So knowing that, would you expect it to be 1) good writing (the author was an actor for goodness sakes) or 2) scary (by today’s standards)?  Perhaps not, but you would be sorely mistaken on both fronts.  The writing is very unique, but Tyron most certainly had talent.  He described the environment and moved the story along so well, it was so believeable.  And it was creepy (the grown-up kind, not the tween kind)…so creepy that it was still creepy to read in 2011, exactly 40 years after the book was written.  How many things that were scary then are just as scary now?  Right, The Omen, maybe.  And everyone’s heard of that.  I think this book is grossly underrated and the author’s style is superb.  If you are interested in borrowing it from me, you’ll have to stand in line (and bring some masking tape).  Thanks to a great SIL for helping me discover this gem!


Book Review: I, Alex Cross by James Patterson

16 Dec

I, Alex Cross (Alex Cross Series #16)My Rating:  3 out of 5 stars

I live outside of Cleveland, Ohio.  I few months ago I heard that they were filming the adaptation of this book in my area.  Tyler Perry is starring as Alex Cross and you can see some details on the filming here.  That peeked my interest so I thought I would read the book and see what Alex Cross was all about.  I knew that it was a series – James Patterson has a ton  ‘Cross’ books and the fact that it was called I, Alex Cross made me assume that it must be the ‘introduction’ book, the first of the series.  Well it’s not…it’s the 15th.  Now why would they adapt the 15th book of a series into a movie?  I’m sure they have their reasons.  You’ve probably heard of or possibly read the first 2 Alex Cross books – Along Came a Spider and Kiss the Girls.  Morgan Freeman, Ashley Judd…ring any bells?  Now it’s starting to make sense – those are ALREADY movies.  Duh.  I like things to go in order though so I’m not sure where the movies for books 3-14 are, but fine.  We’ll just skip ahead I guess.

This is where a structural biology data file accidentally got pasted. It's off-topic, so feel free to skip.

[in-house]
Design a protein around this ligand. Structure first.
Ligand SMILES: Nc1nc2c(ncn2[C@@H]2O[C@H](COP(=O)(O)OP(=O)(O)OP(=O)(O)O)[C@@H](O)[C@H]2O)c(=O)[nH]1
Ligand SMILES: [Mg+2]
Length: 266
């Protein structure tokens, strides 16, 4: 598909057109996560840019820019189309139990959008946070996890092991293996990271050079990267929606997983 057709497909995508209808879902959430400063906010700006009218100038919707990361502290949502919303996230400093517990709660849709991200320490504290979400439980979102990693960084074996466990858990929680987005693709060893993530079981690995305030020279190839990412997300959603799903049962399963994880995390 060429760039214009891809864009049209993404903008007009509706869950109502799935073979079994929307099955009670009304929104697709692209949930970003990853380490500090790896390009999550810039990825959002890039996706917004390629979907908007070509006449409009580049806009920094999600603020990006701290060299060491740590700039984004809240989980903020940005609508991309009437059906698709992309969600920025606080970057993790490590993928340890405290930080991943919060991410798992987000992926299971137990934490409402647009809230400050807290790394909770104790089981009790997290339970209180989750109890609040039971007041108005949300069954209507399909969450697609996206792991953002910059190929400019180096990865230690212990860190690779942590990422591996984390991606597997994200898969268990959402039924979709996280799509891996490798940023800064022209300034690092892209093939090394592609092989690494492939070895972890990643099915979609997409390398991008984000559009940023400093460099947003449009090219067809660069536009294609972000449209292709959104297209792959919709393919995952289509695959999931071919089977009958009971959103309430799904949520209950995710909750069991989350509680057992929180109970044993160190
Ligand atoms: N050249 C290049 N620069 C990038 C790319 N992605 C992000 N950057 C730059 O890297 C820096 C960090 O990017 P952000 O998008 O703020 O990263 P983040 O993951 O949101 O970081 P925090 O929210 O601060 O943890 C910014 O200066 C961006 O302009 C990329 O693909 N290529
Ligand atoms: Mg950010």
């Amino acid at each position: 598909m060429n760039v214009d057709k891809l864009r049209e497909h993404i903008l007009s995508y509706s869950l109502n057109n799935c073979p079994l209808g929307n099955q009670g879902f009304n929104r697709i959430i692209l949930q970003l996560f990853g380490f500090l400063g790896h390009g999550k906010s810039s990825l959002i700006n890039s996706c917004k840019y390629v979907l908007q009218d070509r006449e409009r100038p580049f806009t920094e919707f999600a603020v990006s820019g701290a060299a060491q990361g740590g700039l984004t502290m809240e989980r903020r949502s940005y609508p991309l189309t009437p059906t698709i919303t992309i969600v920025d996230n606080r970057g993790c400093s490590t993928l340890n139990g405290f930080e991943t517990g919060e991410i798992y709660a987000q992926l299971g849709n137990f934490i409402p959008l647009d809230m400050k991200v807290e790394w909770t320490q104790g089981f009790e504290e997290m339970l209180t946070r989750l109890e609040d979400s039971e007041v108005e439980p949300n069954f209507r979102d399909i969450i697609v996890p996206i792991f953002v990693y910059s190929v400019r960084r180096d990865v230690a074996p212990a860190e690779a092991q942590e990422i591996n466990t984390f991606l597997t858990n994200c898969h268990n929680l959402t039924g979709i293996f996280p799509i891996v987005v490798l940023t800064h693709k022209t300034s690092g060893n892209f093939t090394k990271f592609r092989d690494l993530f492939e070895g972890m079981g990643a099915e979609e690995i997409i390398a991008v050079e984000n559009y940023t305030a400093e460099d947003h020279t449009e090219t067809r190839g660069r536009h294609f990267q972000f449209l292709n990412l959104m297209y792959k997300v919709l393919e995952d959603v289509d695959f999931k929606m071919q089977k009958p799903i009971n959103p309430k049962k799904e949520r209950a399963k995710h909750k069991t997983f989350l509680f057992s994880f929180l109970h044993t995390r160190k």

Enough of my rambling.  This book, along with most of the Alex Cross books (and almost all of James Patterson’s novels period) was a NYTimes bestseller.  It was about as mainstream of a mystery novel as it gets.  A nice enough character and some suspense, but nothing original or anything that blew me away.  The writing is very average in my opinion.  But as I said in an earlier post, expectations are everything.  I expected the novel to be this way and it was, so I was strangely satisfied by the end.  It is solid and average.  And now I can see the movie (one of my favorite things after reading the book).